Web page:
Even the language of that particular project distinguished The Lab from its nearby neighbors on Valencia Street. In a city buzzing with talk of “development,” “resurgence,” and other march-of-progress jargon, The Lab phrased its interior project as a work of “excavation.”
Not that the 24-hour telethon stooped to nostalgia, or even blanket tech resentment. The event featured mesmerizing dancers from Oakland’s TURFinc undulating to E-40; panel talks from people who used the word “technologists” as they unpacked the concepts behind the word “privacy”; thirty suited gentlemen singing a cappella Leonard Cohen songs; attorneys and arts advocates parsing rent control laws; drag star Peaches Christ adjusting a wig the size of a car engine; the performance artist Fauxnique in a severe arts-socialite ensemble interpreting Brian Eno’s “Cindy Tells Me” as a feminist parable; Jello Biafra expounding on the origins of his pseudonym; and lots of seemingly unsupervised children, oblivious to the physical and virtual spectators.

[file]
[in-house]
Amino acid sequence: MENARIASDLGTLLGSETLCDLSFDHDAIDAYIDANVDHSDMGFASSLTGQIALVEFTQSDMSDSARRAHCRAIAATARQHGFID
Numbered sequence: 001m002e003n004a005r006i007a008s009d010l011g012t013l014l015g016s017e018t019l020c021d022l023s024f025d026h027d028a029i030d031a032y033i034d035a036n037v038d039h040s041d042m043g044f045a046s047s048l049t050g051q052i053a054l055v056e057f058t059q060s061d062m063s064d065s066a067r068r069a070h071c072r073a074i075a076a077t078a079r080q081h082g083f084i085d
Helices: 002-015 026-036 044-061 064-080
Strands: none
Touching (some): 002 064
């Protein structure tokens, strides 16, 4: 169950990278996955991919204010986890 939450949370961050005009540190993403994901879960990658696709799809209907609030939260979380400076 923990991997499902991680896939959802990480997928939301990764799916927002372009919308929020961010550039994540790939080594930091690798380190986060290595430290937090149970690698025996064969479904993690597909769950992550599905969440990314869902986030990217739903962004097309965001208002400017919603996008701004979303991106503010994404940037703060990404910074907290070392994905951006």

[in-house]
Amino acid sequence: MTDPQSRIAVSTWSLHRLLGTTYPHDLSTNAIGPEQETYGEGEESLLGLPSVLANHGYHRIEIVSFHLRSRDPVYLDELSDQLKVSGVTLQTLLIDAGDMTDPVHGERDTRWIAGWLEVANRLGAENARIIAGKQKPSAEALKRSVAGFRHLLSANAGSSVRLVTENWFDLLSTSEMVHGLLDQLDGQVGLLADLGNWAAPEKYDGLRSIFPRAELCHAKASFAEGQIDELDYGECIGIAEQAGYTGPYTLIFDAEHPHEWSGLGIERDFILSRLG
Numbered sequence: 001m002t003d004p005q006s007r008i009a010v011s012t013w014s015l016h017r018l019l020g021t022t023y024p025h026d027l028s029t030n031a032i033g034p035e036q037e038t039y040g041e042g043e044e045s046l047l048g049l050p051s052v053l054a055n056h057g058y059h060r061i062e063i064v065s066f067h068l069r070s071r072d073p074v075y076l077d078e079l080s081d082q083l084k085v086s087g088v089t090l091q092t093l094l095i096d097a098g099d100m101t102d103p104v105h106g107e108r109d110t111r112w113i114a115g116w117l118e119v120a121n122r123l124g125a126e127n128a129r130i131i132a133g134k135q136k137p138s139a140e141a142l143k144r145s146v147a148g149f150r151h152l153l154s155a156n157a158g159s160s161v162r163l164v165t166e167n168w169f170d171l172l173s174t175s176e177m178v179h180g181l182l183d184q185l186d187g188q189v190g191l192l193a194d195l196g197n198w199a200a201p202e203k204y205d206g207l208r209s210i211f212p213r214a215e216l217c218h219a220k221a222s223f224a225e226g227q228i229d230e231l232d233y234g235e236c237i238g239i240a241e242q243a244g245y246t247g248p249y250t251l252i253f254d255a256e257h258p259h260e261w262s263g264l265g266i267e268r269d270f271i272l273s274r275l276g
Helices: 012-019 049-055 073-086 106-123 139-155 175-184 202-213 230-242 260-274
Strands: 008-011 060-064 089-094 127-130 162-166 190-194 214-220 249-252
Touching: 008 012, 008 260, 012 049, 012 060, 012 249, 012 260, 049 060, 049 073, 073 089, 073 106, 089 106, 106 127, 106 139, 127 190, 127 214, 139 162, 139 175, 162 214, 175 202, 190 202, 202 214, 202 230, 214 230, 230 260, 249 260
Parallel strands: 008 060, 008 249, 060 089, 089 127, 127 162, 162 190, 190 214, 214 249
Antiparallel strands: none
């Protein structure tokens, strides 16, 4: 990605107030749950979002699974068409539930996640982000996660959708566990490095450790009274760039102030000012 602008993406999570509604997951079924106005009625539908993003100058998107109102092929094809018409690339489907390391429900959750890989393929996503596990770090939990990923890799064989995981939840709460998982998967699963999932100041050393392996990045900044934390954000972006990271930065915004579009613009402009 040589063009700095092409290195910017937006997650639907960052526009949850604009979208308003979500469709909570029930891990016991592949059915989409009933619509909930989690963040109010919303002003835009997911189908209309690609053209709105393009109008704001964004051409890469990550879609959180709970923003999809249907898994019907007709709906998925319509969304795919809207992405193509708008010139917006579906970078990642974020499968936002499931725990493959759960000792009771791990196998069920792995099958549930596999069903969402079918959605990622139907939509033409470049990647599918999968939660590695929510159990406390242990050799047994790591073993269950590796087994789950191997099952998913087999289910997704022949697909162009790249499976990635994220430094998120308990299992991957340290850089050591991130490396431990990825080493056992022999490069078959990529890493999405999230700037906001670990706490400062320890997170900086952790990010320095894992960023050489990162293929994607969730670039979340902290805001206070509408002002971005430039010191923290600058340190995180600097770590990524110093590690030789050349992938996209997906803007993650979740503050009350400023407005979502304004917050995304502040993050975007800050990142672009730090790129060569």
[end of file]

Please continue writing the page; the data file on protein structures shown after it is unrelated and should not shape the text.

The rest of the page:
The backdrop behind the stage area featured a garishly painted light box, potted plants, and a growing assortment of hand-scrawled signs. At a phone bank, artists crafted original works to bait call-in donors. It had the whimsy of Neverland and the conviction of an unpermitted political rally.
Bottles of bubbles circulated. Someone peddled ceramic mugs with bottomless whiskey. Kal Spelletich, another Survival Research Laboratories associate, surrendered control of a tiny four-legged robot that spat five-foot flames at a grinning teenager. It also cooked and served a hot dog to a puppy. All of that occurred before the sun went down.
As the evening arrived, the scene broke into gleeful confusion. The swelling crowd’s attention fractured into countless conversations and microphone shouts and whooping responses became blips among the din.
A spat of comedy ensued with Sunshine Alliance, a hysterically out of touch trio of bow-tied faux auctioneers and proud Floridians sharing their observations of “Frisco.” Another local comedian, Kaseem Bentley, skewered the crowd for looking like “substitute teachers” and “assistant managers at Urban Outfitters,” then singled out couples and identified the glue of their relationships in single words (“art,” he pointed. “Drugs.”).